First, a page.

Gang and community violence is a significant public health risk, with adolescents more likely to be the victims of violence than adults. Kelly (2010) conducted an extensive literature review to investigate the psychological consequences to adolescents of exposure to gang and community violence. She reviewed 103 studies on this topic that were published in peer-reviewed journals between 1990 and 2008. Her findings indicate that both externalizing behaviors and internalizing symptoms are associated with gang and community violence. Externalizing behaviors include use of violence, intent to use violence, aggression, rule breaking, use of alcohol, and interest or participation in gangs. Internalizing symptoms include anxiety, depression, insecurity, hopelessness, and post-traumatic stress reactions. Externalizing behaviors and internalizing symptoms were eased somewhat by parental support. Unfortunately, Kelly also found that this literature was plagued by serious methodological problems. These include a tendency toward small samples, convenience samples, self-reports, and failure to demonstrate causal links between variables. The author emphasized the need for more methodologically rigorous research in the future in order to better understand and minimize the deleterious psychological consequences of exposure to gang and community violence.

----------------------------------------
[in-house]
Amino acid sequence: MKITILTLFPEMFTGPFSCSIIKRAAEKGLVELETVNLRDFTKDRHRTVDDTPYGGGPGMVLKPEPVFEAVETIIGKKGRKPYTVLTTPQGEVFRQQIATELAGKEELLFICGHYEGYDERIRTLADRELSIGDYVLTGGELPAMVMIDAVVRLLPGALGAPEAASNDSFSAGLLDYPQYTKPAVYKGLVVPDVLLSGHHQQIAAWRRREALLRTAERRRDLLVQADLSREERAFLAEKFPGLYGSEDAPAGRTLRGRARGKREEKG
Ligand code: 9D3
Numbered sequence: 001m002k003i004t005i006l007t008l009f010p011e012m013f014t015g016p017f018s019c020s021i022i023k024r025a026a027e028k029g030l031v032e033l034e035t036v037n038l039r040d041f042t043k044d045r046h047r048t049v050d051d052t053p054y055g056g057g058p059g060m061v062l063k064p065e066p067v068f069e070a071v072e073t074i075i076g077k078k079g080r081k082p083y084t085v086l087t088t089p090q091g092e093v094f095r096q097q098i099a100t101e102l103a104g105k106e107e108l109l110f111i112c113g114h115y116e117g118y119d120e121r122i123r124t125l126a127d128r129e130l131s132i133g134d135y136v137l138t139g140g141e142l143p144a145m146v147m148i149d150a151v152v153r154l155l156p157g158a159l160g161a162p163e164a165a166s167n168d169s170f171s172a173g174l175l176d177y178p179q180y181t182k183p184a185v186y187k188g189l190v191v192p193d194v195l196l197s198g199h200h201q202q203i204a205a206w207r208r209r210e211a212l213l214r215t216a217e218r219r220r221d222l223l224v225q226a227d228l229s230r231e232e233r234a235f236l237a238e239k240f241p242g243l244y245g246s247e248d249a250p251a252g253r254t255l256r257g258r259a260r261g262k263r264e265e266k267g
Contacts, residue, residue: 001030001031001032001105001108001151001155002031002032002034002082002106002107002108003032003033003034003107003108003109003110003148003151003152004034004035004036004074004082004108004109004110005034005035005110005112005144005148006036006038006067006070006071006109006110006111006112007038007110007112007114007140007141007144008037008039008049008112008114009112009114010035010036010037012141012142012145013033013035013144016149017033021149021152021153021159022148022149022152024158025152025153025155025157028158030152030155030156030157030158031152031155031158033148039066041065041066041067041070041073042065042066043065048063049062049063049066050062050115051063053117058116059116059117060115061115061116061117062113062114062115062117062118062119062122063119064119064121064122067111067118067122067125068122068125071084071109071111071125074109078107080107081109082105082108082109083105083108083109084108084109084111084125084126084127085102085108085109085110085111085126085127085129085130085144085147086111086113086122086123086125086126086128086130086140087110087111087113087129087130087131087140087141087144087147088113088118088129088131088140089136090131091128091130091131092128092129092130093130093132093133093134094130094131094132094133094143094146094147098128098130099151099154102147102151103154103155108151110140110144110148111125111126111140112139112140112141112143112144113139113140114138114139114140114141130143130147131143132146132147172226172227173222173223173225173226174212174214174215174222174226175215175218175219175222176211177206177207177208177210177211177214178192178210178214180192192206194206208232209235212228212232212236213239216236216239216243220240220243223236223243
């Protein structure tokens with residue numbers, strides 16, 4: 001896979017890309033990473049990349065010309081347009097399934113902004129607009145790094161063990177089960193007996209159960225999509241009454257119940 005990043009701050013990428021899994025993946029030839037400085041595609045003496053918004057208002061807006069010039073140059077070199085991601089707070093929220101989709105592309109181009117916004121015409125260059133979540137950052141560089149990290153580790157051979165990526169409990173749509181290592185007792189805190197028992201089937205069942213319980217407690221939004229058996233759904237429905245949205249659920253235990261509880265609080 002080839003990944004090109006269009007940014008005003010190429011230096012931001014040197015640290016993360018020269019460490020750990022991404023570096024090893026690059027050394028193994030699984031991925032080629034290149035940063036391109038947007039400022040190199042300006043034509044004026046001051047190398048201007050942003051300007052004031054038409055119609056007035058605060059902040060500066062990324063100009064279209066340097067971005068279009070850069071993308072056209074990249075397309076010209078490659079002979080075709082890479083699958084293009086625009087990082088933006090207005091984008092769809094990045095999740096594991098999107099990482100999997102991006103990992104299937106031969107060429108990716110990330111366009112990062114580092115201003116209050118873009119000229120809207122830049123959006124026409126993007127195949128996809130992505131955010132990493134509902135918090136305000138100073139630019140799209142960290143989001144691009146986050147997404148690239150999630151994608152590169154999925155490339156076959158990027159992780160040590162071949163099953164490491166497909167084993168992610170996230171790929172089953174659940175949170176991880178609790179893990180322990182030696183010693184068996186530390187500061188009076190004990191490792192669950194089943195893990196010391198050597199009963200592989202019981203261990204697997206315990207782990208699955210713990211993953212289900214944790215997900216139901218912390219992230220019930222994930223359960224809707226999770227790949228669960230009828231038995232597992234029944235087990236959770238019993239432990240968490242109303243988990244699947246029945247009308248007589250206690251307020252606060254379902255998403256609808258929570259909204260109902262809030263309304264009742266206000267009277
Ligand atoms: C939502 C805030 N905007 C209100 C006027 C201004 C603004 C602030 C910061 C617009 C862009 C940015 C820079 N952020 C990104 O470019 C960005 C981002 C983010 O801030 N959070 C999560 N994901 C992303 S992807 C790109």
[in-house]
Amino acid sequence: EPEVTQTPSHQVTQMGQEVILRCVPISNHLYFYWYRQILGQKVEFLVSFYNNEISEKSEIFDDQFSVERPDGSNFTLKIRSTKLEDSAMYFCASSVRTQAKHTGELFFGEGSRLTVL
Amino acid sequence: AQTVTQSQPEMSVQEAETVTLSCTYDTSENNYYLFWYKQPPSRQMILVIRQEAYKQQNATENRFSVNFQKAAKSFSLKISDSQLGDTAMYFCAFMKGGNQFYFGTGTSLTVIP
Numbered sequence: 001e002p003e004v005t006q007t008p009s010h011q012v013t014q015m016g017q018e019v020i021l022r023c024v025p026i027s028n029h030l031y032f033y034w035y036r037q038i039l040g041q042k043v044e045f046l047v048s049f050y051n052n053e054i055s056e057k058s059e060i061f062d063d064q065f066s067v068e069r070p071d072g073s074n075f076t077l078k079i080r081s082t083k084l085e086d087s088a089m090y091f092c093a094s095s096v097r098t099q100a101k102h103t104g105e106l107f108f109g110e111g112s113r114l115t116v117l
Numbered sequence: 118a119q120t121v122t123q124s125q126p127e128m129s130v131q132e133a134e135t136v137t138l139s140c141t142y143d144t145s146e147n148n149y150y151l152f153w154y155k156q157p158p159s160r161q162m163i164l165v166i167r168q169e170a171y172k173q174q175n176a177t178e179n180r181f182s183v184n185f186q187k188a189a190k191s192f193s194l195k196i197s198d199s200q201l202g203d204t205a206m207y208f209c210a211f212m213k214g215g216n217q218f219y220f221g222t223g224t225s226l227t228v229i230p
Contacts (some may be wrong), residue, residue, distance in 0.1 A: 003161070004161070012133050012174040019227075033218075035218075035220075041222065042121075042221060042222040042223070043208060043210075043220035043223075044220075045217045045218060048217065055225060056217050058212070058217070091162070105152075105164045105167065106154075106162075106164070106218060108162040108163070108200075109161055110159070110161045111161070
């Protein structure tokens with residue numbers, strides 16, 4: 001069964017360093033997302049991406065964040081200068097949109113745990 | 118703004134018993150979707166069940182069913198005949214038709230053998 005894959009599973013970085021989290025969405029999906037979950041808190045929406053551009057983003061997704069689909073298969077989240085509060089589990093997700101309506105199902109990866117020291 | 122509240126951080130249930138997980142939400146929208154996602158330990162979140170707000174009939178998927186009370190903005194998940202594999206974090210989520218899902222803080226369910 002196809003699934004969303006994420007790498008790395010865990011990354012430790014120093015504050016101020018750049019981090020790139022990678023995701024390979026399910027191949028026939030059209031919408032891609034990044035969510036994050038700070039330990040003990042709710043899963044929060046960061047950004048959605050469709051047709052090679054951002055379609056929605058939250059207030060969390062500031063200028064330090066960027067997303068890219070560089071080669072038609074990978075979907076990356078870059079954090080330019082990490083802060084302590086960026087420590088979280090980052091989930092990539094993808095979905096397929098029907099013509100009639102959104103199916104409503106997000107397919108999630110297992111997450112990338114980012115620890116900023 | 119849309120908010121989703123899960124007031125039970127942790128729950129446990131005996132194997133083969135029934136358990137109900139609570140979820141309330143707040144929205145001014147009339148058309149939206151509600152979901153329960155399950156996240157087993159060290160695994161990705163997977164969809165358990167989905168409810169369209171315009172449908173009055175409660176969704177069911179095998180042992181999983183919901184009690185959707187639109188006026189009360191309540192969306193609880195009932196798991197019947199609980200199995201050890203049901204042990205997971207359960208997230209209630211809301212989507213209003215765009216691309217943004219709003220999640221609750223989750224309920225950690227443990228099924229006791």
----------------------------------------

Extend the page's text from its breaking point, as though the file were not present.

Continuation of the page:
Psychological Consequences of Exposure to Gang Violence
Kelly, S. (2010). The psychological consequences to adolescents of exposure to gang violence in the community: An integrative review of the literature. Journal of Child and Adolescent Psychiatric Nursing, 23(2), 61-73.
Adolescence Anxiety Correlation and causation Depression Methodology Social support ViolenceMedia Supplement
Criminologist David M. Kennedy discusses his innovative approach to reducing gang violence in this NPR podcast. (31 min 14 sec)